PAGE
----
This book originates from a collaborative research initiative to examine how various societies in the Asia-Pacific Region construct moral and civic education, and to what extent these systems achieve the democratic objective of creating socially responsible citizens. In many western societies there is at least a rhetorical tendency to separate the moral and civic dimensions of citizenship education, and in some cases to exclude the moral dimension from the discourse of preparing citizens._x000D_
However, as cross-societal dialogues and research about citizenship education have increased in the past two decades, scholars have identified differences in the emphasis put on the moral dimension of citizenship education across the Asia-Pacific region. In many predominantly Confucian, Islamic and Buddhist societies, for example, the emphasis on the moral dimension of citizenship education is explicit, and in some cases, central._x000D_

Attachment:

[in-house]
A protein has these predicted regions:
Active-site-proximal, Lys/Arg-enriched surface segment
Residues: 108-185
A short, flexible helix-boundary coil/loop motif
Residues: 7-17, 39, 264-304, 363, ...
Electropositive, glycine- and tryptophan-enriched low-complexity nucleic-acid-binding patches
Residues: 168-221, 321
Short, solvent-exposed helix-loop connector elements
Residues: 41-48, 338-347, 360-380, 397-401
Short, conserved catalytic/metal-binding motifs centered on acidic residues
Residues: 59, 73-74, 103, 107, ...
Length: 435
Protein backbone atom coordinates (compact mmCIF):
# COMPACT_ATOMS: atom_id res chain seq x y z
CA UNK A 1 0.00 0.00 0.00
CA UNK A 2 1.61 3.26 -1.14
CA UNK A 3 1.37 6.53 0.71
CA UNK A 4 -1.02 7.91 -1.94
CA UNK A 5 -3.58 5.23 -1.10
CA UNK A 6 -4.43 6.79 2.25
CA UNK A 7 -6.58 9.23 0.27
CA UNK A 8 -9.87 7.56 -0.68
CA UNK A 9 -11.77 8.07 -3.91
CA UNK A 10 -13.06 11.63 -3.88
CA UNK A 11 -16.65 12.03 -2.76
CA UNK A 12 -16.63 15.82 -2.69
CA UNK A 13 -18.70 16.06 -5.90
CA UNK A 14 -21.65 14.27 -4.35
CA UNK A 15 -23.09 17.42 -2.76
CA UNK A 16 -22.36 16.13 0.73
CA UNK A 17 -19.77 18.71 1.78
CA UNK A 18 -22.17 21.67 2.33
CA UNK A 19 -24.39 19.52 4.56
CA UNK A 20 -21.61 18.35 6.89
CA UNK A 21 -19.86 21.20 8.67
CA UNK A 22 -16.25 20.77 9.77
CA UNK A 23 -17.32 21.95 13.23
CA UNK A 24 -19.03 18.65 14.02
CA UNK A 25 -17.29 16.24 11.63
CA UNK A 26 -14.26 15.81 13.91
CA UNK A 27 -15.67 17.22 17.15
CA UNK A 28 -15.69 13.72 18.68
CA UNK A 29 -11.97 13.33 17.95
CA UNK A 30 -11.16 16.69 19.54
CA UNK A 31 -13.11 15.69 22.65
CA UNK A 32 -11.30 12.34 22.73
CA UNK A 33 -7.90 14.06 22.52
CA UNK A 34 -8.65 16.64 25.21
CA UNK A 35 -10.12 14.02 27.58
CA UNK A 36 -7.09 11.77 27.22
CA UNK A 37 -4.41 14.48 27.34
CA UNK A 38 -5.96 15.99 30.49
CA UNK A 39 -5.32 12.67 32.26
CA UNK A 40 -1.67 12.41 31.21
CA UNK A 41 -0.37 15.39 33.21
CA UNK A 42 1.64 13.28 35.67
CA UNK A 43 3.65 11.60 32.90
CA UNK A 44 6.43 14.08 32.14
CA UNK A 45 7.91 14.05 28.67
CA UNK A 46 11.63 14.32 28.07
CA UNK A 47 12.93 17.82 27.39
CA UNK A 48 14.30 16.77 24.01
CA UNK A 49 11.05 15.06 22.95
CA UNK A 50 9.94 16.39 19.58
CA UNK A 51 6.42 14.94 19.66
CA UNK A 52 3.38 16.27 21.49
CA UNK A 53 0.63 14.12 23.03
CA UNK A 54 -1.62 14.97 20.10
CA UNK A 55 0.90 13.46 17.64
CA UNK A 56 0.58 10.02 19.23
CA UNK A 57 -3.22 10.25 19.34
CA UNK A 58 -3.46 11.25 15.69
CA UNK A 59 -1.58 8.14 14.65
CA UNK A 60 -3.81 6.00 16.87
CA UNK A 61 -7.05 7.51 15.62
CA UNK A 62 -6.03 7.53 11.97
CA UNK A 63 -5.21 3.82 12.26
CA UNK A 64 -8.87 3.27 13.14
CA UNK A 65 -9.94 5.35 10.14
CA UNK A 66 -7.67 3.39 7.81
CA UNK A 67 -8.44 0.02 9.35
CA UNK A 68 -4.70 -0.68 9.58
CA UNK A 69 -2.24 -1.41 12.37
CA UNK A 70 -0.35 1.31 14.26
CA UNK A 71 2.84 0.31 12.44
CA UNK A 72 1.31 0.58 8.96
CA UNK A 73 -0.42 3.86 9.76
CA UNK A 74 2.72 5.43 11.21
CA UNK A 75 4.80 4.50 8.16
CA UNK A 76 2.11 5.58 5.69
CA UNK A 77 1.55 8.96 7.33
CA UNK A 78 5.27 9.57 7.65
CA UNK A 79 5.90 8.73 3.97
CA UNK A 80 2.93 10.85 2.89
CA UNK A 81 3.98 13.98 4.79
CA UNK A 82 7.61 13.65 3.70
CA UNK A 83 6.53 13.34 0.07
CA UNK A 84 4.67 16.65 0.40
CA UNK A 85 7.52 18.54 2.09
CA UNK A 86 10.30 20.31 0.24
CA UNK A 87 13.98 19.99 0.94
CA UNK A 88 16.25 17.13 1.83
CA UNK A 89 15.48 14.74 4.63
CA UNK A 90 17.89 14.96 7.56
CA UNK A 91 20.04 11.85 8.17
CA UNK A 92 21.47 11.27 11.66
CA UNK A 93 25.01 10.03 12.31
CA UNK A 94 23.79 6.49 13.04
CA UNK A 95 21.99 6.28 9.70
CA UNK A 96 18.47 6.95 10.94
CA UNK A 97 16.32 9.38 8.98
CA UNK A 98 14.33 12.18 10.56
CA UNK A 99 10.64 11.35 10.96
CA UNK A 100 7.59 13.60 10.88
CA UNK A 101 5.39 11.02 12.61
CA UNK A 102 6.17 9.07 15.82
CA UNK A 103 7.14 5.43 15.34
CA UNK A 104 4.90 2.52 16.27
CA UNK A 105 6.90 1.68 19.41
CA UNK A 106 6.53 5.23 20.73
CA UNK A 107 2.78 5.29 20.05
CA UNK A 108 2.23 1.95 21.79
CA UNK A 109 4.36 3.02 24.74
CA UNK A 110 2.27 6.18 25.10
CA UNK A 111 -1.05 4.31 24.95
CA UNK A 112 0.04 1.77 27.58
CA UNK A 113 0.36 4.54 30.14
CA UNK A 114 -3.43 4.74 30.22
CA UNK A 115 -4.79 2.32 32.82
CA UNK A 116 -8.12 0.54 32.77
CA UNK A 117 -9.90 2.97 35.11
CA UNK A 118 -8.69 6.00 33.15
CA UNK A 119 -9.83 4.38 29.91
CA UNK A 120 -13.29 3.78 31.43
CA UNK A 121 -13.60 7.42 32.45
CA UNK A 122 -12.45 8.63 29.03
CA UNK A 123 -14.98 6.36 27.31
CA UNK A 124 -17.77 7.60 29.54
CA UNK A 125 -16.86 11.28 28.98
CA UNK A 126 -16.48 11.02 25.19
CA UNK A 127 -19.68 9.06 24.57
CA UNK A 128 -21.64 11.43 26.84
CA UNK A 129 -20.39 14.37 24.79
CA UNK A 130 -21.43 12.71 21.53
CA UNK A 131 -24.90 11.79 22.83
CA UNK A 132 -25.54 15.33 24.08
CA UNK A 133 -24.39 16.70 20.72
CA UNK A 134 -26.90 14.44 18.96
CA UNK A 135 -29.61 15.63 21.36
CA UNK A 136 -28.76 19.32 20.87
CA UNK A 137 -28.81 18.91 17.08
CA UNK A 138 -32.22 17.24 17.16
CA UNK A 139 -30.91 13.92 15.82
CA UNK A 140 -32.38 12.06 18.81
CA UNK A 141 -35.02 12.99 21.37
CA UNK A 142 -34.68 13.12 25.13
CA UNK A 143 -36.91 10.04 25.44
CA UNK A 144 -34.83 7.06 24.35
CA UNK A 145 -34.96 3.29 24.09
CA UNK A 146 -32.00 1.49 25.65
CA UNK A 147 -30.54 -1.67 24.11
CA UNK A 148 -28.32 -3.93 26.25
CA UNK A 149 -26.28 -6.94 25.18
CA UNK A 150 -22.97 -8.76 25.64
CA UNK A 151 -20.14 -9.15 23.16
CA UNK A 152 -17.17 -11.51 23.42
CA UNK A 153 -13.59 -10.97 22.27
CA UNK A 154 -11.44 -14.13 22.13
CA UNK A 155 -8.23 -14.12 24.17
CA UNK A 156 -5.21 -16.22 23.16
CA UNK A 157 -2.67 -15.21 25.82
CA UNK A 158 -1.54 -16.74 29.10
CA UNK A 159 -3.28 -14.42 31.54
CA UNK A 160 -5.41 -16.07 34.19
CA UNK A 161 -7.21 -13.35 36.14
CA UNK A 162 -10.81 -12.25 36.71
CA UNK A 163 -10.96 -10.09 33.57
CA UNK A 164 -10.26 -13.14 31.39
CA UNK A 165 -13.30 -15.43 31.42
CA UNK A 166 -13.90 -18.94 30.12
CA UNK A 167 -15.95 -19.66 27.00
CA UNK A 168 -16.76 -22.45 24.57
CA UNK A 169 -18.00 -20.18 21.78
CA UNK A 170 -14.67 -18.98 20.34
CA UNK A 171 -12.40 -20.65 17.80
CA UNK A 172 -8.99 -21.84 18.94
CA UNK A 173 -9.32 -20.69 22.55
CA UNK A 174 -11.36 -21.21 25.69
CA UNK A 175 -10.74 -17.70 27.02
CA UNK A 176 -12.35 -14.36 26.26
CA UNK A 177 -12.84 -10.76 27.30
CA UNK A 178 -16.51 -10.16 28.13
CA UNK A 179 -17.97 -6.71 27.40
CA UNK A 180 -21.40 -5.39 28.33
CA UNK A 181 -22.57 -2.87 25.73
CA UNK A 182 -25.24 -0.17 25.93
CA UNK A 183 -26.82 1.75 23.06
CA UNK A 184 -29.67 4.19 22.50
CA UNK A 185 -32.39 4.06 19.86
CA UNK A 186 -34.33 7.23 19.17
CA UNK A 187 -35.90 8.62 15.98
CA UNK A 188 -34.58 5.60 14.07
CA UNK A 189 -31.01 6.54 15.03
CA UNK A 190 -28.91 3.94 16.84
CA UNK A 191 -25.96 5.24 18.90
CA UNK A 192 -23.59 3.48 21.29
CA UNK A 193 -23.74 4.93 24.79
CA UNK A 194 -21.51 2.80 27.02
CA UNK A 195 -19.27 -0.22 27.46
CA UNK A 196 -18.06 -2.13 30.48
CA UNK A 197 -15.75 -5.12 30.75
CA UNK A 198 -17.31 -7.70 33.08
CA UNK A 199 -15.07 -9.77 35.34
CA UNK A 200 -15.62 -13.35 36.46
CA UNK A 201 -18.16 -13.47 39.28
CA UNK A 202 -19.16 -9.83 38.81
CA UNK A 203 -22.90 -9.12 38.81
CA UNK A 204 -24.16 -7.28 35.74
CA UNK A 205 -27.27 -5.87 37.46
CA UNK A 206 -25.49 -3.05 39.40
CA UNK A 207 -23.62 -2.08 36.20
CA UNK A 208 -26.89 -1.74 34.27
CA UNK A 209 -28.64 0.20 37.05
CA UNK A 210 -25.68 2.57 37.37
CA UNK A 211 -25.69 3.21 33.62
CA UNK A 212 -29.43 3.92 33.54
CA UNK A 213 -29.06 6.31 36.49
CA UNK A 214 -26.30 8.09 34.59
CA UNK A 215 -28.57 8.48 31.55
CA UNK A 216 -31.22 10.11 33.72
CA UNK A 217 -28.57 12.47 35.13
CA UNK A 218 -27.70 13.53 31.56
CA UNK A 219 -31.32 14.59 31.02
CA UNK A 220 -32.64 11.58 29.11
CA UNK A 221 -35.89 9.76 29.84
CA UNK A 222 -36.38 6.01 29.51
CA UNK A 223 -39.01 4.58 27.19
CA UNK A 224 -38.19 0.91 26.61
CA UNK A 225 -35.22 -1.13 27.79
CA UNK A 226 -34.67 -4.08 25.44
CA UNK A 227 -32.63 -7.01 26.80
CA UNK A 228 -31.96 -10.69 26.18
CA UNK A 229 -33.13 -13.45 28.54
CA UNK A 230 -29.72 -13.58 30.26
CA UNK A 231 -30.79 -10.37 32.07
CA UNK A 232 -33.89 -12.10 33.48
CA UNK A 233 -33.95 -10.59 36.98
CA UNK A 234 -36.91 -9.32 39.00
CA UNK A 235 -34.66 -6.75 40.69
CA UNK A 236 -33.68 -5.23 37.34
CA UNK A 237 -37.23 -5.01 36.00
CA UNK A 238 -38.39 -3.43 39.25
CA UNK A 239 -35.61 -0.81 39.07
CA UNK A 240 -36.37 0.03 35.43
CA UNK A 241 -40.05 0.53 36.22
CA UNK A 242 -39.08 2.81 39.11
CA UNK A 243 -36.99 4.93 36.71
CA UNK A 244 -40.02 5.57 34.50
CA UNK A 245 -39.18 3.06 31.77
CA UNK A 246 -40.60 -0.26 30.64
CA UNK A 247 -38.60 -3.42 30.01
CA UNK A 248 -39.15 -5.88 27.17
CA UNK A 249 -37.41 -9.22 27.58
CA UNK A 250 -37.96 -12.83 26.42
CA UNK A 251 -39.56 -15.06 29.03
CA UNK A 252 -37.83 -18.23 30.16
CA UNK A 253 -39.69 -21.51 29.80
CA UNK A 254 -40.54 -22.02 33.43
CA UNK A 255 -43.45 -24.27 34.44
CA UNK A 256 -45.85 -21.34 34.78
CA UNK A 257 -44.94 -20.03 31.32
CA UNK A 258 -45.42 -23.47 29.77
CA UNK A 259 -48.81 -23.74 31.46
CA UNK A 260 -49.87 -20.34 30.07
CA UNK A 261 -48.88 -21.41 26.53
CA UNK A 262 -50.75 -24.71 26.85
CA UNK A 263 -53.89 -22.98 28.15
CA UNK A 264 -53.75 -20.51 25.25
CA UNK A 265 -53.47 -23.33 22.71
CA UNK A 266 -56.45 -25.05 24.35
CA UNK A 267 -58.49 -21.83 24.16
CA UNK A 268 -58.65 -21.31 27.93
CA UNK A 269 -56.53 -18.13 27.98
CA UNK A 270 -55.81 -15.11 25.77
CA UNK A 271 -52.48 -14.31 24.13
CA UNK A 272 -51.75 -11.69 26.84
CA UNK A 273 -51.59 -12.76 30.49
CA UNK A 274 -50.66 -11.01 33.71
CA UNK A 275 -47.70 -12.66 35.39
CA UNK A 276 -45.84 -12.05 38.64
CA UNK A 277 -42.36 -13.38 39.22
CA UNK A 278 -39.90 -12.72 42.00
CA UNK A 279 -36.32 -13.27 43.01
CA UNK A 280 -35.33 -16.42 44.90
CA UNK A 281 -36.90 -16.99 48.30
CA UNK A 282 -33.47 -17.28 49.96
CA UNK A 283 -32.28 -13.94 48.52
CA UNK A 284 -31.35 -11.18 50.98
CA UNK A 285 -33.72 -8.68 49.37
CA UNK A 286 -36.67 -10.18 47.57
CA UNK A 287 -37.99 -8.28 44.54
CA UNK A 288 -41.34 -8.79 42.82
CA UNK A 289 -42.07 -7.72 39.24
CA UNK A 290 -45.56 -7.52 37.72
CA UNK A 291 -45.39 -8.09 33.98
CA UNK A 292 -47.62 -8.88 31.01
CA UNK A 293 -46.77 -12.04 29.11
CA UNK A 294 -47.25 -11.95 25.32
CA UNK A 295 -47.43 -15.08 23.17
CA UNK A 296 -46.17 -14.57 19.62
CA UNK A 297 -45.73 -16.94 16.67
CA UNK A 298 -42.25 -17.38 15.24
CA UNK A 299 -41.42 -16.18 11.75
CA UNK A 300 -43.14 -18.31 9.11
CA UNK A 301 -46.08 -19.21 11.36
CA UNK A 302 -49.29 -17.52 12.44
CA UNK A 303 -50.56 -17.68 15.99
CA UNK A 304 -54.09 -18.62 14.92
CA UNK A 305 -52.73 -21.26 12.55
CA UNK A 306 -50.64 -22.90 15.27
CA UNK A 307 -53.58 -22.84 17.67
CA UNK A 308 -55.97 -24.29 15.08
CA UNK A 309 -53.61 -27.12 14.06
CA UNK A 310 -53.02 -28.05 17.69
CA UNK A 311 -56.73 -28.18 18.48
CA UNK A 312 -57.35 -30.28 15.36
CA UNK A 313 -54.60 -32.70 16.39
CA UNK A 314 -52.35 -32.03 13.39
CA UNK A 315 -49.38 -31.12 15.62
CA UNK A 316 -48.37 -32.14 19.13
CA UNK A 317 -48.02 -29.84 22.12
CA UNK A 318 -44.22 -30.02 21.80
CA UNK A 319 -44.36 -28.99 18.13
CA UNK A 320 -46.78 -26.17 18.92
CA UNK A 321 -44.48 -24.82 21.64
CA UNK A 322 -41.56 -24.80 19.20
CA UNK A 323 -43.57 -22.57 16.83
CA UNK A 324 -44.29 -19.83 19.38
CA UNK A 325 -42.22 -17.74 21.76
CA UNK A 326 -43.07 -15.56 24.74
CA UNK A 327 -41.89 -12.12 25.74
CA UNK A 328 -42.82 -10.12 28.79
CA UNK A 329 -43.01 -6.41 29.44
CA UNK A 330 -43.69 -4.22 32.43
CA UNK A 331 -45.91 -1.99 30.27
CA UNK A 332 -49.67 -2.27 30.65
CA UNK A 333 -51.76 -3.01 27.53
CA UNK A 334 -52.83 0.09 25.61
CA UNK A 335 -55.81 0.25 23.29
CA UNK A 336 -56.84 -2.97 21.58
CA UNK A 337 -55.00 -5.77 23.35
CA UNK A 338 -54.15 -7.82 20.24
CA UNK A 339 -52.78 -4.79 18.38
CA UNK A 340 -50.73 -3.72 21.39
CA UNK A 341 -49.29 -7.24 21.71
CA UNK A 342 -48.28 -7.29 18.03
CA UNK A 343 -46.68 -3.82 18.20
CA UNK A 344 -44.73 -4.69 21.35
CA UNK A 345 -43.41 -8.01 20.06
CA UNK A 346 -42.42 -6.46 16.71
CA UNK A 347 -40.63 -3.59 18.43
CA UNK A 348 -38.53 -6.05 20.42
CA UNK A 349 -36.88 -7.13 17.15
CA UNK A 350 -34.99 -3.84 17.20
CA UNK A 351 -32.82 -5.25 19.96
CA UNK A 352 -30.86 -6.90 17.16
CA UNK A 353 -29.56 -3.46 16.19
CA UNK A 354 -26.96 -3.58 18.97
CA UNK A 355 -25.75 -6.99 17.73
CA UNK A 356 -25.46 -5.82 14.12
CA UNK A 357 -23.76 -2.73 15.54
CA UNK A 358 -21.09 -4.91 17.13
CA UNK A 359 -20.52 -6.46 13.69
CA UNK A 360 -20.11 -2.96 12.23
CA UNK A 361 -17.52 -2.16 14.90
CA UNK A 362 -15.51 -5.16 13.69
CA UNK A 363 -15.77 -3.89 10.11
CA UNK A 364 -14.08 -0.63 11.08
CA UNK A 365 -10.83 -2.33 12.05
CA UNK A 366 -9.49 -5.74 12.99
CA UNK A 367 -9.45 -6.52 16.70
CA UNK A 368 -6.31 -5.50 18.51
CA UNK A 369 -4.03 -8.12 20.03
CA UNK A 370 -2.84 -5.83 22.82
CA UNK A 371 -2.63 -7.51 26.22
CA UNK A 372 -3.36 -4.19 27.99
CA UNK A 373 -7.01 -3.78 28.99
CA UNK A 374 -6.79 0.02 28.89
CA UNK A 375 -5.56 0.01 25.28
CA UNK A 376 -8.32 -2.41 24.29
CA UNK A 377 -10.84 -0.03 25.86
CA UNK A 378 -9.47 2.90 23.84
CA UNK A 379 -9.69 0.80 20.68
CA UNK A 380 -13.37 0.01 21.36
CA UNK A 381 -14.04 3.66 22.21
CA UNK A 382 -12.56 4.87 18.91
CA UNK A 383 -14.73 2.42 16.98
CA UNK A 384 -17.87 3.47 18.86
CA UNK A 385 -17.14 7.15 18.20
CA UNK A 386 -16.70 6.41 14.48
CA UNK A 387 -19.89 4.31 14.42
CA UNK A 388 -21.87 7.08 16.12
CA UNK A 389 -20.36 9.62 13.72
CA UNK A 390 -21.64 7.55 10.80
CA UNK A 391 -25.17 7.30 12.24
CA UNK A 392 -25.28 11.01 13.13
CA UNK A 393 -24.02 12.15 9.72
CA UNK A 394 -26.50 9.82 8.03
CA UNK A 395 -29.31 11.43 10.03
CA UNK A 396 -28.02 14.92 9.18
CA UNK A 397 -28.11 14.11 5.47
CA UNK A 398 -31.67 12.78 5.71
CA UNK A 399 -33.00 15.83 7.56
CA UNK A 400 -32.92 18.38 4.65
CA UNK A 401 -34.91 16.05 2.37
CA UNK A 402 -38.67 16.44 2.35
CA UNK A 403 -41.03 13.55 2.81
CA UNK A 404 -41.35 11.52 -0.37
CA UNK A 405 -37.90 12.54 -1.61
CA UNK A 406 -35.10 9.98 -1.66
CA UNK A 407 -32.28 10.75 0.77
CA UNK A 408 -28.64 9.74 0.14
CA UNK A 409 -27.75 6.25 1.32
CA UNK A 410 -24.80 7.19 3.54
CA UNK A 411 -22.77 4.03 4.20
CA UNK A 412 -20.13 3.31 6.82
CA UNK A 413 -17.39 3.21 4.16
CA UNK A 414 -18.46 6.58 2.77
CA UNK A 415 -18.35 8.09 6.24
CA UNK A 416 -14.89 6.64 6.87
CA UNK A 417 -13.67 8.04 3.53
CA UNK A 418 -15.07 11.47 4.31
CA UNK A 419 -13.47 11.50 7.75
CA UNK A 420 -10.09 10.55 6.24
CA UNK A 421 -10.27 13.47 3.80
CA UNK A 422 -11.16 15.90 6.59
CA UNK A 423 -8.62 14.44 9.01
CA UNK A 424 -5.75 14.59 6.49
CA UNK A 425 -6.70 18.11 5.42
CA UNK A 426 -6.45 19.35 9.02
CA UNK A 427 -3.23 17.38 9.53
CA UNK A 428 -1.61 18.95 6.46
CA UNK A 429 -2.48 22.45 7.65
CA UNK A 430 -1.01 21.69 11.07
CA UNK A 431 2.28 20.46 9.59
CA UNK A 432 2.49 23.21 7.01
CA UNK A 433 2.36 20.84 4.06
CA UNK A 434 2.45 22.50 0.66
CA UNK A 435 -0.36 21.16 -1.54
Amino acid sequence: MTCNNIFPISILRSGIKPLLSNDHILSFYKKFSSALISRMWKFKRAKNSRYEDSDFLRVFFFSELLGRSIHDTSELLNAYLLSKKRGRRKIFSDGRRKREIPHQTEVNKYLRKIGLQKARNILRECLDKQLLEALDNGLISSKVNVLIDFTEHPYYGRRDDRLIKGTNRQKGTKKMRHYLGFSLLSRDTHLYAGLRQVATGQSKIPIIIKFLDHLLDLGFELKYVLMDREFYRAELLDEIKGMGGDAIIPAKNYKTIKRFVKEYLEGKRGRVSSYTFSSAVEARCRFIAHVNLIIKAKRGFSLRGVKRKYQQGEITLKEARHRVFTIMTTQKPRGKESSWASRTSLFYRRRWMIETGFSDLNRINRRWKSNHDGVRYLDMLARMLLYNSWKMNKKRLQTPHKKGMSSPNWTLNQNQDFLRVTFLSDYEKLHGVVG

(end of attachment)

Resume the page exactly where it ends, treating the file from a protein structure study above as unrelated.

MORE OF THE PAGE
While awareness of a divide, or perhaps more appropriately a continuum in the role of moral versus civic education in democratic societies has been recognized for some time, to our knowledge this book marks the first effort of this scope to address the issue of the moral/civic divide in citizenship education. Thus, through a cross-cultural dialogue across societies in the Asia-Pacific Region, this book addresses the issue of whether elements of both civic and moral education can be effectively joined to create a “socially responsible” citizen.